To Inherit the Wind: Margo Jones as Director
Housley, Helen Marie
Gillespie, Patti P.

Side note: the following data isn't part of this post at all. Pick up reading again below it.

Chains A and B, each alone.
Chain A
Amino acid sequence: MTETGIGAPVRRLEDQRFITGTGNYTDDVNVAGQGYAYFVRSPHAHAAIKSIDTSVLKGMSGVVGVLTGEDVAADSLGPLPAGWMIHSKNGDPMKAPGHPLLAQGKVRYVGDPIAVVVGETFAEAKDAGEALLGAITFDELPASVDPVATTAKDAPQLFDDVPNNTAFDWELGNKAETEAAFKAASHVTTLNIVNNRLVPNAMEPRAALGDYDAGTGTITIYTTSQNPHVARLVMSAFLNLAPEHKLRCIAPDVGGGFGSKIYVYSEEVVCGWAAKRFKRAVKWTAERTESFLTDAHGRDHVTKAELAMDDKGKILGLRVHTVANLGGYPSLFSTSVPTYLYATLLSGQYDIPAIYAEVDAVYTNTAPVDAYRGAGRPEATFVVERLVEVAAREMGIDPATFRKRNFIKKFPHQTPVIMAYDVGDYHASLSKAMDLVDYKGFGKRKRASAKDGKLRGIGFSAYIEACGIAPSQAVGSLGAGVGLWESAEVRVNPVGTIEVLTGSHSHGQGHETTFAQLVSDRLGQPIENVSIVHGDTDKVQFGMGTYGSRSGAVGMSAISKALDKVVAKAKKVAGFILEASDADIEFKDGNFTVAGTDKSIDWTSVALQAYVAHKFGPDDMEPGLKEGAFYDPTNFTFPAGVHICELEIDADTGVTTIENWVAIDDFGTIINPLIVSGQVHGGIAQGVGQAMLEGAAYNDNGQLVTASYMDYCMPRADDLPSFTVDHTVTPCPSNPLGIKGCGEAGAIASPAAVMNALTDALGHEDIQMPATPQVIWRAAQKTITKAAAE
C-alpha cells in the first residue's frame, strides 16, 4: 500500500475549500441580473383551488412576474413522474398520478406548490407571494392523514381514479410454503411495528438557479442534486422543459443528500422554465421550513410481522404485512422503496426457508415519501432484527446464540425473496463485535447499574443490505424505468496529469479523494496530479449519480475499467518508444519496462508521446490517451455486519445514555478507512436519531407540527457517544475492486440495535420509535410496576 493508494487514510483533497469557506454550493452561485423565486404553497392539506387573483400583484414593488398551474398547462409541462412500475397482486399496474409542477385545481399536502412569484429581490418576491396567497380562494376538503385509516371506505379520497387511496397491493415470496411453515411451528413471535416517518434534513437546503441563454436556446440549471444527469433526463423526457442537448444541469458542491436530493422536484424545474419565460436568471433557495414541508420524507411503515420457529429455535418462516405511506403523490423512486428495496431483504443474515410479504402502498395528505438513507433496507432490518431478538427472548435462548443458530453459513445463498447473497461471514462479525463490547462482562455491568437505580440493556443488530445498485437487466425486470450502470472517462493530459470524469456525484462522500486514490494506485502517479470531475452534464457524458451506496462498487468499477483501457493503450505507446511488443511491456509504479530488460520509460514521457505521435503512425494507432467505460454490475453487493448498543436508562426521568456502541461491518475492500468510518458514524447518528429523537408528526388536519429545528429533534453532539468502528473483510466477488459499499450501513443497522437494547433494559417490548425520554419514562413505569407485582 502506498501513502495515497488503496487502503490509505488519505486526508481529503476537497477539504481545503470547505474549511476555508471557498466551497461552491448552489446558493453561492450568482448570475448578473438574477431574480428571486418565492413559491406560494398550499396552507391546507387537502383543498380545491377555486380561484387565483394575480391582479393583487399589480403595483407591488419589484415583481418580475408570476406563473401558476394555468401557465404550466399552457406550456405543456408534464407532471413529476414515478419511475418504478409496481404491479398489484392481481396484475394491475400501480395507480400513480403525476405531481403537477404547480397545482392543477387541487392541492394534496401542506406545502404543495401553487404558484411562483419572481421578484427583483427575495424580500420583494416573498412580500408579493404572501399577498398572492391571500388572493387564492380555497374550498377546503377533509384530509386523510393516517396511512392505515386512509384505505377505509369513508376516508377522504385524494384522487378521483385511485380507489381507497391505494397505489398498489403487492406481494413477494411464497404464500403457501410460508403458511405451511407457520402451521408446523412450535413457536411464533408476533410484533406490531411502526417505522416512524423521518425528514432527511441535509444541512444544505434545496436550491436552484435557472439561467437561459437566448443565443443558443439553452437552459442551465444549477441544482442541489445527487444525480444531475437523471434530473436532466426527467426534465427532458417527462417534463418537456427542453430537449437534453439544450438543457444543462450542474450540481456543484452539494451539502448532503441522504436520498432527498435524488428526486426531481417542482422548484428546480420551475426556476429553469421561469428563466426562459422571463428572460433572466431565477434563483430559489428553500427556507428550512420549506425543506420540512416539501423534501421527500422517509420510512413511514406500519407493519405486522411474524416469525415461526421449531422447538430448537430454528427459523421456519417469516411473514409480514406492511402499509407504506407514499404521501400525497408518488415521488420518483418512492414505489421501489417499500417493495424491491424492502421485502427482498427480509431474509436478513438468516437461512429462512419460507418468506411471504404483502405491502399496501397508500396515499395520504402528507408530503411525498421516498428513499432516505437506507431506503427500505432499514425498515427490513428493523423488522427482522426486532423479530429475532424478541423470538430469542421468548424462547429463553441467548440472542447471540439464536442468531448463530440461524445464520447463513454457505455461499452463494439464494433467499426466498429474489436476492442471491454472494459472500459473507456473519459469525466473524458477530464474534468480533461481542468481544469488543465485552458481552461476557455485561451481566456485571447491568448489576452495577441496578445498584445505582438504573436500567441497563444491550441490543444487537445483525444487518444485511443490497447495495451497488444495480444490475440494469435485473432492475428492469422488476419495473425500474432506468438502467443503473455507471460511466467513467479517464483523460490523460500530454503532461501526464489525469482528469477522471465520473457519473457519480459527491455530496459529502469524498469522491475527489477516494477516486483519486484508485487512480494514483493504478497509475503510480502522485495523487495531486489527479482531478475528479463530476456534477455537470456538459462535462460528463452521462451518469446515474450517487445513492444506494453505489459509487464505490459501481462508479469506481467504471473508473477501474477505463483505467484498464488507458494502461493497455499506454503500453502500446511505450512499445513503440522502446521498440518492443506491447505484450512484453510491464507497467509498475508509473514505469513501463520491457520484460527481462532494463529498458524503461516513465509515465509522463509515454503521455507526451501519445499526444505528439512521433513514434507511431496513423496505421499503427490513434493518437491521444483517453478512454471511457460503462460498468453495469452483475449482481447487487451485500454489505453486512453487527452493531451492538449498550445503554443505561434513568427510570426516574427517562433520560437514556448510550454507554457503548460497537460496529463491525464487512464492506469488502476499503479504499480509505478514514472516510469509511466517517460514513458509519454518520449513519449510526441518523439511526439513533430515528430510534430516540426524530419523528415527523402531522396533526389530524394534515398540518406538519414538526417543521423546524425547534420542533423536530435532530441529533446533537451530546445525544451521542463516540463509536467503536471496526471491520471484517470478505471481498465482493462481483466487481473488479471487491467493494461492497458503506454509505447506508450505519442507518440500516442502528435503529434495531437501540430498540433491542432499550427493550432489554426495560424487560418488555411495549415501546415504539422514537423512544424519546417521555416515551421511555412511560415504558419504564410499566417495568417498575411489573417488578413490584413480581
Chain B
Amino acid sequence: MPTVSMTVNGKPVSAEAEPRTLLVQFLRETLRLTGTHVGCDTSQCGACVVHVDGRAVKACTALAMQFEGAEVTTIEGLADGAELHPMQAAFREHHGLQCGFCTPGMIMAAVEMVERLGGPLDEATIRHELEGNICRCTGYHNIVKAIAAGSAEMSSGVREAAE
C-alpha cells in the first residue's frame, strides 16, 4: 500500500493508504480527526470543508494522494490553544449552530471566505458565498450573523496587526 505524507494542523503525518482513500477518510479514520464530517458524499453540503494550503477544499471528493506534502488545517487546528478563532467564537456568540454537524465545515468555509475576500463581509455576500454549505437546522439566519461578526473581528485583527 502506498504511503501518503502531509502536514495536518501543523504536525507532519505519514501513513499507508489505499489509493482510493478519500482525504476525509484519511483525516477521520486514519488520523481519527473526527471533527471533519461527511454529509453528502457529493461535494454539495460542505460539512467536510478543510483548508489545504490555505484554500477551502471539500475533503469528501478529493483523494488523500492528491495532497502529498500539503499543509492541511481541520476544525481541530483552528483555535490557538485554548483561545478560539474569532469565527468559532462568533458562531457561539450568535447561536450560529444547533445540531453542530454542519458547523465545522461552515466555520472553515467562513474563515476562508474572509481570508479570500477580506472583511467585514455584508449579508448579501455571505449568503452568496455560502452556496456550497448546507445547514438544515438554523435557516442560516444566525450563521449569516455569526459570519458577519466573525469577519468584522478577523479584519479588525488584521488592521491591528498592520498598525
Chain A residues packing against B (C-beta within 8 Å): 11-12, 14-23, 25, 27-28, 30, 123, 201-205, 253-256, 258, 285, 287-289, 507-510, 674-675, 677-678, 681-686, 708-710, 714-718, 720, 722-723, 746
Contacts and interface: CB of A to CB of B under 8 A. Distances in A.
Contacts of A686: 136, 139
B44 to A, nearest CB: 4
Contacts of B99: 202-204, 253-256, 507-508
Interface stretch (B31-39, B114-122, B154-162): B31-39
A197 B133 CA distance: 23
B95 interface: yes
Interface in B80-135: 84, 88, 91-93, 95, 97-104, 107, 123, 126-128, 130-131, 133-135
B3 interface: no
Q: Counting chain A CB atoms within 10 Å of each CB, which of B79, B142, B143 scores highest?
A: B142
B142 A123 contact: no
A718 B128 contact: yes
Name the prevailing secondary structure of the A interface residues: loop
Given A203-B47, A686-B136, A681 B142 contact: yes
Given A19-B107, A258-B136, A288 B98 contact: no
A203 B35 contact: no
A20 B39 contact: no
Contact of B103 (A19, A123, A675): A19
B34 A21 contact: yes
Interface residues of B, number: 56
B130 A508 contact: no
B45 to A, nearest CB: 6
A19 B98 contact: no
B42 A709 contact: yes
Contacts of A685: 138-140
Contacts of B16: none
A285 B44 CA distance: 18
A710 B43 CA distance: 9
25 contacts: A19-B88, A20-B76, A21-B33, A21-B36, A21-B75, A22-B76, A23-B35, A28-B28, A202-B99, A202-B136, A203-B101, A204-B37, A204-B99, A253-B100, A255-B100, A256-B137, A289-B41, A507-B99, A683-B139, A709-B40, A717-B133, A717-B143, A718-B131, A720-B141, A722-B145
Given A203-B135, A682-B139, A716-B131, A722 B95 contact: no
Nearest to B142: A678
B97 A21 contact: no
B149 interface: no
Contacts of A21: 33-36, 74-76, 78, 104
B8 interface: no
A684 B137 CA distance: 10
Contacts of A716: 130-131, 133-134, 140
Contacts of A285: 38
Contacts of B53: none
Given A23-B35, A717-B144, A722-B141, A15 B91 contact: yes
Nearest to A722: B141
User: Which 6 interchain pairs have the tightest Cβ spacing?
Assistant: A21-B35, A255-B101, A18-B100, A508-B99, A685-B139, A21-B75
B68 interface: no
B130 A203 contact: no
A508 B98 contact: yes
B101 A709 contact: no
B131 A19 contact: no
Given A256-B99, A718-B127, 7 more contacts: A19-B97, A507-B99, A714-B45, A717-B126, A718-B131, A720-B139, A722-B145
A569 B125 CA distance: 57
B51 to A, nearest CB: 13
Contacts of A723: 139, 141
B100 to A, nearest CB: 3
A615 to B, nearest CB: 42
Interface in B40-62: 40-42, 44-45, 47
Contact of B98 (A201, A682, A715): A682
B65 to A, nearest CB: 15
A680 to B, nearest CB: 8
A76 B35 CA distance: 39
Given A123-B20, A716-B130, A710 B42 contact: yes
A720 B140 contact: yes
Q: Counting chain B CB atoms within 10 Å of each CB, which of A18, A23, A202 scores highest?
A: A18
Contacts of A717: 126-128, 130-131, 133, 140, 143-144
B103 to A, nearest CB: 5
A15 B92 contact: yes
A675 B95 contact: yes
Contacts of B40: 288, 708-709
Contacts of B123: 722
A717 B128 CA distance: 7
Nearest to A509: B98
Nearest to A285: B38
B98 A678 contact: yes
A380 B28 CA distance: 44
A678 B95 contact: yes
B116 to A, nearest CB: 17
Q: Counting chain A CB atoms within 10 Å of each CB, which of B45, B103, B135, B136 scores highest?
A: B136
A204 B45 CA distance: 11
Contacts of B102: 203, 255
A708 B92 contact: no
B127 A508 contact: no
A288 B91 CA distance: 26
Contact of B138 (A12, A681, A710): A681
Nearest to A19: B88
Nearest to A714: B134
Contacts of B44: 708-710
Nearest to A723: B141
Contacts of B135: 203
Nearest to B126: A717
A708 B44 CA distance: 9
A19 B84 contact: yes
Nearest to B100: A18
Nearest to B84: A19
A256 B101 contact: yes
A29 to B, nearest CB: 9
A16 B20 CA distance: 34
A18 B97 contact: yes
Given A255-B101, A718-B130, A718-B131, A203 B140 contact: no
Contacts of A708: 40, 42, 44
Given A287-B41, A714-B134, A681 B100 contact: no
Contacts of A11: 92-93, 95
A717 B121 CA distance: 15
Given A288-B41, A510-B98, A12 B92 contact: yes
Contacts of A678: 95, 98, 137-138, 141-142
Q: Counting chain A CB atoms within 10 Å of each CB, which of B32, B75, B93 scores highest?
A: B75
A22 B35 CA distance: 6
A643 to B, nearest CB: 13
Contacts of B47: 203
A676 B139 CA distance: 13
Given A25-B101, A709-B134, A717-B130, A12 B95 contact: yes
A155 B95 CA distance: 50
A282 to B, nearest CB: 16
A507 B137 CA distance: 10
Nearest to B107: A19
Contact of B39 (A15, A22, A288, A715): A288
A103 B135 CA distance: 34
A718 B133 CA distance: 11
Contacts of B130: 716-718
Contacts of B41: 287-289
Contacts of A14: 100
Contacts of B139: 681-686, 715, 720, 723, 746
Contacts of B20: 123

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Margo Jones was an important force in the American theatre. Noted as theatrical producer, nurturer of new playwrights, initiator of professional arena staging, and founder of the regional theatre movement, Jones directed over a hundred plays in Houston, Dallas, and on Broadway. Yet no study has examined her directing methods and their implications. Margo Jones' directorial relationship to the script, actors, designers, stage, and critics was examined and evaluated using correspondence, promptbooks, interviews, reviews, and published works. Directing provided Margo Jones with the link to accomplish two essential goals she set for herself: to decentralize the American theatre and to promote new plays and playwrights. The playwright was central in Margo Jones’ theatre. She directed only "originals'' and "classics," espousing the playwright 's cause by directing over fifty new scripts during her eight-year tenure in Dallas. For Jones, the actor was the primary communicator of the playwright's text and the focus of the staged play. Jones preferred simple scenic design, using light and sound to stimulate the audience's imagination and relying on the actors and text to do the rest. For Jones, the production was a collaboration between director and actors, exploring characters creatively and developing blocking organically from the words and ideas the playwright provided. Margo Jones' reputation as director was forged with her innovative development of a language and method for directing in-the-round. Her work on Broadway's proscenium stages, however, was beset by difficulties with playwrights, actors, and critics. Jones decried the commercial theatre and its reliance on critics and long runs for success. The Broadway model was anathema to this director who enjoyed the theatrical process so much so that she directed a play every two weeks during her seasons in Dallas. Margo's work as director offers two fertile areas for further research: First, her directorial methods appear similar to recently identified female-specific strategies of communication and the directing techniques of contemporary female directors. Secondly, her innovative methods pointed directions to be taken during the theatrical renaissance of the 1960s and 1970s.